everson at evertype.com
Thu Sep 25 13:32:47 CEST 2008
On 25 Sep 2008, at 11:40, Tracey, Niall wrote:
> To us the differences seem minor as all pinyins fall far outside of
> our "western" frames of reference.
Not at all. Not to me anyway. Nor to John, evidently.
> But the more familiar something is to the observer, the more the
> differences are exaggerated. Conversely, the difference is massively
> de-emphasised when both are unfamiliar. Remember that many white
> people can't tell the difference between (for example) Chinese, Thai
> and Japanese people despite a massive difference in phenotype.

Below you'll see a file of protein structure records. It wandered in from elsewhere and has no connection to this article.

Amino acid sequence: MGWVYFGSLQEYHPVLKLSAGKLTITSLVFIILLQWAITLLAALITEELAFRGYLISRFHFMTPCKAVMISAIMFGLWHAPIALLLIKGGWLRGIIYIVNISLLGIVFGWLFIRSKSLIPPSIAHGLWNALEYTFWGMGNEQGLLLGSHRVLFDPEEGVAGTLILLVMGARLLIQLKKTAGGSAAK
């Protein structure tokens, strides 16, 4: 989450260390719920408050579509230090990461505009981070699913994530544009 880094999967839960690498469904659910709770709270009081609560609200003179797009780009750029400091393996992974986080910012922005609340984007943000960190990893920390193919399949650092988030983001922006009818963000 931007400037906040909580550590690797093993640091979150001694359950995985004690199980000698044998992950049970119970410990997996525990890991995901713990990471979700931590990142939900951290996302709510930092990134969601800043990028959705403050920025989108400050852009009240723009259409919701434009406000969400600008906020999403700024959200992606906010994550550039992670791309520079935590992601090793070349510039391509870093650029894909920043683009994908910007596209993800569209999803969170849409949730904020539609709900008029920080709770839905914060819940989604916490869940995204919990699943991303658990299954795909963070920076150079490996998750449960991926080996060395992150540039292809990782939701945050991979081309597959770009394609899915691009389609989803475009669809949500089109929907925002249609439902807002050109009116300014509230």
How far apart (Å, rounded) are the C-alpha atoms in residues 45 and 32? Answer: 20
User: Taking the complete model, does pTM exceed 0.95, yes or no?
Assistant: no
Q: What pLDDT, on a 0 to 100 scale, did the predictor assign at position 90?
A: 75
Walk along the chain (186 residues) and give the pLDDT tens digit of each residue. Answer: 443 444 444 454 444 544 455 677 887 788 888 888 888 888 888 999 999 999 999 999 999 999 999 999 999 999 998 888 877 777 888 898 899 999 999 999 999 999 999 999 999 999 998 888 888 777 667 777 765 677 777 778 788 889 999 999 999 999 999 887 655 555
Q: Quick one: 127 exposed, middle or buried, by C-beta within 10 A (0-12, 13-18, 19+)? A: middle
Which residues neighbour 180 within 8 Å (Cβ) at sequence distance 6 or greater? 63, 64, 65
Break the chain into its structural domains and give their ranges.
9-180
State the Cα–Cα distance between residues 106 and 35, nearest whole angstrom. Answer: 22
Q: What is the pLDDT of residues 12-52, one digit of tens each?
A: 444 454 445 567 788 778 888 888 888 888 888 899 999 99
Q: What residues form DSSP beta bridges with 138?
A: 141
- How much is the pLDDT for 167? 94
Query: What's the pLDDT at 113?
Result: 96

> What you perceive as a logical generalisation, the native speakers
> may see as a racist generalisation.
OK, this is over the top.
The fact is that "Pinyin" refers to a particular use of the Latin
alphabet (just as "fonupa" does) whose properties (in particular its
definition of j, c, q, and x for instance) make it quite unique as
regards other orthographies. In addition to Mandarin, the Chinese
themselves apply this alphabet to other Chinese languages as well as
other languages of China.
That is why Pinyin is an umbrella term for these orthographies.
Michael Everson * http://www.evertype.com
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